Last Friday, May 12, Carleton and the greater Northfield community partook in a beloved decades-old tradition: Empty Bowls. On that muggy afternoon, hundreds of bowls and mugs of all types were waiting to be picked by the crowd of students, faculty, staff and Northfield residents. Folding chairs and plastic tables were strewn across the west side of the Bald Spot, around which people congregated — bowls in hand — to enjoy the soup filling their chosen piece of ceramics. To appreciate the spirit of this event and the incredible amount of hard work that went into it, one must travel almost two decades back in time.
Carleton’s Empty Bowls program was established in the 2004-2005 school year by Kelly Connole, Professor of Art. Carleton’s Empty Bowls is part of a larger international movement centered around bringing communities together to raise awareness and funds to address hunger. A donation of $25 per bowl is suggested, with all proceeds being donated to those in need. That first spring, accompanied by student Dustin Yager ‘06, Connole brought 150 bowls to Sproncert.
The next year, after a steep learning curve brought about by this event’s hectic nature, Empty Bowls transitioned away from Sproncert, becoming its own event and branching out to engage the Northfield community. At this pivotal turning point, Brick Oven Bakery donated bread and Bon Appetit donated water, apples and flatware. Soup was also served for the first time, and the event began to resemble the tradition we know and love today.
The spring of 2007 saw a heightened engagement from Carleton students as interest houses began to earnestly provide soup for the event. Students further engaged with the mission of the event by traveling to the Northfield Community Action Center Food Shelf for the first time.
A decade later, in 2017, a new ceramics course, ARTS 230: Throwing, was introduced; the class kept Empty Bowls at the center of coursework. Through this course, which still exists at Carleton today, students create hundreds of ceramic mugs and bowls, which are donated to be sold at Empty Bowls.
As the tradition ramped up and more people joined, students created an increasing number of bowls, leading to an increased amount of money raised. At this point, in 2012, the CCCE took an organizational role in 2012 and has coordinated soup-making and food donations for Bon Appetit and Brick Oven Bakery since.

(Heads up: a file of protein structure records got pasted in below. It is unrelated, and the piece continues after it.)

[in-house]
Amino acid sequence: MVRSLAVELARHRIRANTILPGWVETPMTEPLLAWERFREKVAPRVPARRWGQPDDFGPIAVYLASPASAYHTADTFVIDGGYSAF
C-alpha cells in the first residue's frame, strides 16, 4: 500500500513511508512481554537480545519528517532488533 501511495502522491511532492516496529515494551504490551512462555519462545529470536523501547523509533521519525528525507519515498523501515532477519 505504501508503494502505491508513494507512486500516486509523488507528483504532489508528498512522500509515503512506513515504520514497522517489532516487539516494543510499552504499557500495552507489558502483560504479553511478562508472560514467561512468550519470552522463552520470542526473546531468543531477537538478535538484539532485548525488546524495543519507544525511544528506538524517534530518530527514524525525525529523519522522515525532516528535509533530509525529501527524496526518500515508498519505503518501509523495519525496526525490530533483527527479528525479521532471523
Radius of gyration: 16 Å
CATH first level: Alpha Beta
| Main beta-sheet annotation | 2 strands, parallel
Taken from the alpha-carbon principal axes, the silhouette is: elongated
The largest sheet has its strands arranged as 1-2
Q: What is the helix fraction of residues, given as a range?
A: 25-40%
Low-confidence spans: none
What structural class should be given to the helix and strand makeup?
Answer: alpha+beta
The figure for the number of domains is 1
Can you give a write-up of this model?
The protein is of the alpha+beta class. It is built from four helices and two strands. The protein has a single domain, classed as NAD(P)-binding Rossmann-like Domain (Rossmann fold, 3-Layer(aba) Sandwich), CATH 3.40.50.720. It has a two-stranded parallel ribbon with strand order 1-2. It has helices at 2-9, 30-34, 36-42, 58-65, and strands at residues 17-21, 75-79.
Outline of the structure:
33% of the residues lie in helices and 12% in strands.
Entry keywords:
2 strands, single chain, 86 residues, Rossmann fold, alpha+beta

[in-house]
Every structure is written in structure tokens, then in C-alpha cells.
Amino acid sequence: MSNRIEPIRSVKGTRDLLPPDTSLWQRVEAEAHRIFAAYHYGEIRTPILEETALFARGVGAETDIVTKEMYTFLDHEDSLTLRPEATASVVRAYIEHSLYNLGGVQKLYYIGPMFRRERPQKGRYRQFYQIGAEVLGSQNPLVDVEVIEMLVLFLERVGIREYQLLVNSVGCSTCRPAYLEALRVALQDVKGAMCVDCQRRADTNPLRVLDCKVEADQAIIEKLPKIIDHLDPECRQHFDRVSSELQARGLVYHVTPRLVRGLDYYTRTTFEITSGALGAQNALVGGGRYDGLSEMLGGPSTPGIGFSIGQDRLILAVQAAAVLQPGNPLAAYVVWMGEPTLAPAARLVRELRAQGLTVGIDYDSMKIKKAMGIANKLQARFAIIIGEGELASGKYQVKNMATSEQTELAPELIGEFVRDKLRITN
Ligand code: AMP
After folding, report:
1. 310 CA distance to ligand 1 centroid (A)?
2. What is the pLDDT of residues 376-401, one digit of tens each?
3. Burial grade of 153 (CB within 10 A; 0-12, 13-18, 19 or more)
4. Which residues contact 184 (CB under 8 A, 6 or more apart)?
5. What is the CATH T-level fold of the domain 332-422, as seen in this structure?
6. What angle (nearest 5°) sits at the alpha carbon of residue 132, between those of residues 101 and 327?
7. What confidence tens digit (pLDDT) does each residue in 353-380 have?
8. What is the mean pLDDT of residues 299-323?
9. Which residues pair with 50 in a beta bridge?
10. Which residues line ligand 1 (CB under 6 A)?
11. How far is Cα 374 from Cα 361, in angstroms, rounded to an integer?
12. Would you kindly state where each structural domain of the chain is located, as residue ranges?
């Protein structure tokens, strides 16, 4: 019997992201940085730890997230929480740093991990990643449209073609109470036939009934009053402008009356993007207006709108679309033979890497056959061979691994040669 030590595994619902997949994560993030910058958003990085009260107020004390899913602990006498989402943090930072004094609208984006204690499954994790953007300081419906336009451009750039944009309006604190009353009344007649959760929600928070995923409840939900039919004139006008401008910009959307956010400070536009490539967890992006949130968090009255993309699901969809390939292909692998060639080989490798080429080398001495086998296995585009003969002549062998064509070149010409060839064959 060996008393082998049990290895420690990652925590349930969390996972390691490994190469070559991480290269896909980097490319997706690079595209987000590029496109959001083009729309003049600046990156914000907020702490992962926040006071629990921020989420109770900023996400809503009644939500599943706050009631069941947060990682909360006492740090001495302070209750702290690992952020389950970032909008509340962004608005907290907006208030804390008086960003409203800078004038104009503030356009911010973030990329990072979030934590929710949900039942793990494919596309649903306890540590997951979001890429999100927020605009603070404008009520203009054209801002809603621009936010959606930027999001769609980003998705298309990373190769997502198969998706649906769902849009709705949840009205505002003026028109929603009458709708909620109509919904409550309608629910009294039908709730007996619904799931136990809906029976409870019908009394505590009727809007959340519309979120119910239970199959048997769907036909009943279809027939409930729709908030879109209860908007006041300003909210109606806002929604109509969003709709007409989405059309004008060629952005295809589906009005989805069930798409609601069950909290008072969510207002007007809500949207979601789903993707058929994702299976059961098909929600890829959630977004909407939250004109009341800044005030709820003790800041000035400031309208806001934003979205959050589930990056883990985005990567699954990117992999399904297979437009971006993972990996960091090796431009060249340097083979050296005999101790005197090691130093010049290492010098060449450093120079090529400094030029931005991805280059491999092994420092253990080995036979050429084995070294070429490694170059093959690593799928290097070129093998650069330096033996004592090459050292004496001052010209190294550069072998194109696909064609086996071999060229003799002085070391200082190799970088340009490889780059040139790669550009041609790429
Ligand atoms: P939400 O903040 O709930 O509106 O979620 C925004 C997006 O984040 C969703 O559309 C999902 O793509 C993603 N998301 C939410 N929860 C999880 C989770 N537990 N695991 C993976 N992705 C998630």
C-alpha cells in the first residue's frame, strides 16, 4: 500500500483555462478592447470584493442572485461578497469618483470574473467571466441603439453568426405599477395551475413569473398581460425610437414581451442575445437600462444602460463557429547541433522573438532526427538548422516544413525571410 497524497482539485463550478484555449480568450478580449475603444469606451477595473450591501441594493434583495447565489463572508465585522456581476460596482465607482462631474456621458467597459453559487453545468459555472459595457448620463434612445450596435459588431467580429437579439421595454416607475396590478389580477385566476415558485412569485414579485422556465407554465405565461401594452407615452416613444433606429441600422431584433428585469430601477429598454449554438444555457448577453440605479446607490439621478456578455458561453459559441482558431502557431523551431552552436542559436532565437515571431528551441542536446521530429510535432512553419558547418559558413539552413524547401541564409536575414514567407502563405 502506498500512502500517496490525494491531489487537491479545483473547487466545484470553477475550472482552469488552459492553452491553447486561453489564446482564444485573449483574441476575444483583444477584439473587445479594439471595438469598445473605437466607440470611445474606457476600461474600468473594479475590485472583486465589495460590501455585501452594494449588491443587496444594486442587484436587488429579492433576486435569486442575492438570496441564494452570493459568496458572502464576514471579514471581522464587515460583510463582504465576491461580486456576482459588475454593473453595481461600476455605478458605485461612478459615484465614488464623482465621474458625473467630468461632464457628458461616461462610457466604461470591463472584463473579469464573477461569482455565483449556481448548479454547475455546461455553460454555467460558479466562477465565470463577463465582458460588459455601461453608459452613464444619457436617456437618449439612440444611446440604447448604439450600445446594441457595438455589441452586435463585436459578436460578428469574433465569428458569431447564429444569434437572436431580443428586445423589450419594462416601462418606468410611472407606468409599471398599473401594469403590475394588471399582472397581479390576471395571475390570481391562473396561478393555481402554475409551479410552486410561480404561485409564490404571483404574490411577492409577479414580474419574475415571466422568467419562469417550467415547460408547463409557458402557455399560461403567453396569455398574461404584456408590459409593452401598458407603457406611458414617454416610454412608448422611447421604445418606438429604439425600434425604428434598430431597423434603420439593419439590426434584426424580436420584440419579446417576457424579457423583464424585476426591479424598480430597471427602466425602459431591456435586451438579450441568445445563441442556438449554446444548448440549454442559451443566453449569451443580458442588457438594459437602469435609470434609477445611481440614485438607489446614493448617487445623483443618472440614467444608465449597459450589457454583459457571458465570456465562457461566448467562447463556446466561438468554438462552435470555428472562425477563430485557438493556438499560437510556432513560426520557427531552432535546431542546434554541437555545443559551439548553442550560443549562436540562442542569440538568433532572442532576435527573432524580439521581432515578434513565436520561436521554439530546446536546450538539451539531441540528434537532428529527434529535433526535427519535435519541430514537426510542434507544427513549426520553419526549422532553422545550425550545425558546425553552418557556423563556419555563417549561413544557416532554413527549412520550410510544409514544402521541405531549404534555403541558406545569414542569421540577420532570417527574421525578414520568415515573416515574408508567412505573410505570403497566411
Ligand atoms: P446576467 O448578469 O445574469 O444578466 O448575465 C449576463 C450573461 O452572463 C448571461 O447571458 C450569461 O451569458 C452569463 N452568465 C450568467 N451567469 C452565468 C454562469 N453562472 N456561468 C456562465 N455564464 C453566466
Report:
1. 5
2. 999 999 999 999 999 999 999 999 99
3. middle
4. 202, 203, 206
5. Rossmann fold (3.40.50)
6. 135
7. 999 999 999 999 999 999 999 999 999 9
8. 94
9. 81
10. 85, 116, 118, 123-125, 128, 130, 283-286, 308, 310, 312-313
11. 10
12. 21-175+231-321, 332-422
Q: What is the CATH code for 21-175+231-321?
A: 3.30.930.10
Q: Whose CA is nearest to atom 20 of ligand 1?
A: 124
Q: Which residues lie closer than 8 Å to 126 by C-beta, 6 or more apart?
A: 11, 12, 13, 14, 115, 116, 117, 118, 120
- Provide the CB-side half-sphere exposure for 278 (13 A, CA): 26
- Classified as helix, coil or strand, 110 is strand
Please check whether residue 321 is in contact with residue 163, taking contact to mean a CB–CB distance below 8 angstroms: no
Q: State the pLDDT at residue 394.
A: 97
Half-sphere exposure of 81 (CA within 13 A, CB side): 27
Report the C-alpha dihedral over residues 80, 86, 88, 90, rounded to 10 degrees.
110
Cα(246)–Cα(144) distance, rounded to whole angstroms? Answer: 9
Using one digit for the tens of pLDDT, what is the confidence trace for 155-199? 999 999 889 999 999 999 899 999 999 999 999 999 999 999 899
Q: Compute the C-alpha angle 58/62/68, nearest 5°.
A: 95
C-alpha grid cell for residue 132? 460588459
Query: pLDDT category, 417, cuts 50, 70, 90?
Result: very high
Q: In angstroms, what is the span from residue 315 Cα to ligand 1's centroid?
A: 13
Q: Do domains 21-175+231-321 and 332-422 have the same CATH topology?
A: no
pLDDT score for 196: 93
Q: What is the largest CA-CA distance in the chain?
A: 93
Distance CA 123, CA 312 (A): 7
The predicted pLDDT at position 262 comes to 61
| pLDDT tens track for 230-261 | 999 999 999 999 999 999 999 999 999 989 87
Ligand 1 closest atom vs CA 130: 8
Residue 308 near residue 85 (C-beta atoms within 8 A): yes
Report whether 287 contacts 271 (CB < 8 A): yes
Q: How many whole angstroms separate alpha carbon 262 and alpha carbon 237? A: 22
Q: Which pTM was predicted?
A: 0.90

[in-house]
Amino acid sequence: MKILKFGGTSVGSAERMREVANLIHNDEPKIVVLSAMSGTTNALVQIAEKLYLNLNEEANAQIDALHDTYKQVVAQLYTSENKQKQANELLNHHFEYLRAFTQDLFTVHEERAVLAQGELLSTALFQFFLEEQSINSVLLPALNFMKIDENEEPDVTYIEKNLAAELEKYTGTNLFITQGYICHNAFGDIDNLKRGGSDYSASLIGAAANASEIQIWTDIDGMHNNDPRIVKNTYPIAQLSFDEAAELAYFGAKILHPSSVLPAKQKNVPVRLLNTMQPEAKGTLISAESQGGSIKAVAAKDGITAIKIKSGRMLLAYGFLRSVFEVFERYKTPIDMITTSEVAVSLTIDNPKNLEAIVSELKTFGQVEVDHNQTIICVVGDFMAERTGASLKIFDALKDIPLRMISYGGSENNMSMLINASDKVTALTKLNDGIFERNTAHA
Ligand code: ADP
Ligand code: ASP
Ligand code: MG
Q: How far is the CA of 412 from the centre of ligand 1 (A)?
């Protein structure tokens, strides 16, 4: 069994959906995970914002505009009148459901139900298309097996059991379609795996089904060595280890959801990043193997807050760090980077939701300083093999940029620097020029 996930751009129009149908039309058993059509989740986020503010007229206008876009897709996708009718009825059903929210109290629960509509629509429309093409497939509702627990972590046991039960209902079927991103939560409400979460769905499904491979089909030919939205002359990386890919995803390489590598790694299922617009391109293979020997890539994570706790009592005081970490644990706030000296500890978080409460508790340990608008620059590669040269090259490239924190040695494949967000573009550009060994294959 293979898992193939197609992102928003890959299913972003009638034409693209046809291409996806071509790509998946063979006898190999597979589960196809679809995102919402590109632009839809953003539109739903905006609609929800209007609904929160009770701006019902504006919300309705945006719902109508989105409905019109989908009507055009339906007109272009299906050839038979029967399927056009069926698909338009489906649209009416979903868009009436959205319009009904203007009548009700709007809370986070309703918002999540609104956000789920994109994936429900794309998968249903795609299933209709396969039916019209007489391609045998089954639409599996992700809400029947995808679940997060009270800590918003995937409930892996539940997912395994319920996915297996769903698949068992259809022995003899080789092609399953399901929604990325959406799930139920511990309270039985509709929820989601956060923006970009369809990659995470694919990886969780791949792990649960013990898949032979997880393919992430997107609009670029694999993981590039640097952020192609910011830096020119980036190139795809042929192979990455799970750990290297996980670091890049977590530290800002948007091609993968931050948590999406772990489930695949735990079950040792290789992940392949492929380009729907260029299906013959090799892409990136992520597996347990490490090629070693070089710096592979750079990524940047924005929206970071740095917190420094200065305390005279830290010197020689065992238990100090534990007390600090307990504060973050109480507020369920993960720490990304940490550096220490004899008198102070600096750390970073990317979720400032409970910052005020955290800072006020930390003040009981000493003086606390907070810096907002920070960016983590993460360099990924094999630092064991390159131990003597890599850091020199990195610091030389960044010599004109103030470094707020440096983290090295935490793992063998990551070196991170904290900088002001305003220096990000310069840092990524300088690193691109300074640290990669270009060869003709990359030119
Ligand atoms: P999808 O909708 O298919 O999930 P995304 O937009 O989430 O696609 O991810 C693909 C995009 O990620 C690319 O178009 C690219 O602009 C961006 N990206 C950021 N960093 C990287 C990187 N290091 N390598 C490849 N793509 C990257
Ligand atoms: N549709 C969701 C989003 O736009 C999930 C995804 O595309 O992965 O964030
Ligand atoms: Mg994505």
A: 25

CCCE fellows Lucy Shapiro ’23 and Elise Lehman ’23 offer insight into the CCCE’s role in the Empty Bowls program. The CCCE begins planning Empty Bowls a year in advance. There are “a lot of moving pieces,” so the coordination is vital to the event’s success. CCCE fellows make educational materials in addition to recruiting volunteers, reaching out to local bakeries about bread donations and working with Kelly Connole in the Department of Art and Art History to make sure the event runs smoothly. With the CCCE taking care of the logistical aspect of Empty Bowls, art students can focus on the labor-intensive creation of the bowls and mugs, and volunteers can direct their efforts towards perfecting their soup recipes.
Donations from volunteers and organizations are essential to Empty Bowls. As Shapiro and Lehman assert, “We could not have this event without the contributions of the Carleton and Northfield community.” This year, “over 30 volunteers donated soup to Empty Bowls, [and] Bon Appétit generously donated two large Cambros of soup, which was a great help.” Shapiro and Lehman went on to highlight the donations of two local bakeries, Brick Oven Bakery and Bread People, which were “really great in ensuring the success of the event.”
Shapiro and Lehman also appreciated the driving mission behind the Empty Bowls program, underscoring how the event facilitates heightened understanding of food insecurity. “We think Empty Bowls has a great impact on raising awareness in the local community. Having the CHAT trailer was a huge help this year with informing people what we were raising money for. Also, having representatives from the Community Action Center at this event is awesome, because they are so knowledgeable about these issues and want to share!”
“We love seeing it all come together!” Lehman and Shapiro reflected. “It’s such a fun day, and seeing all the faces that put so much work into this event on the Bald Spot is really special.”
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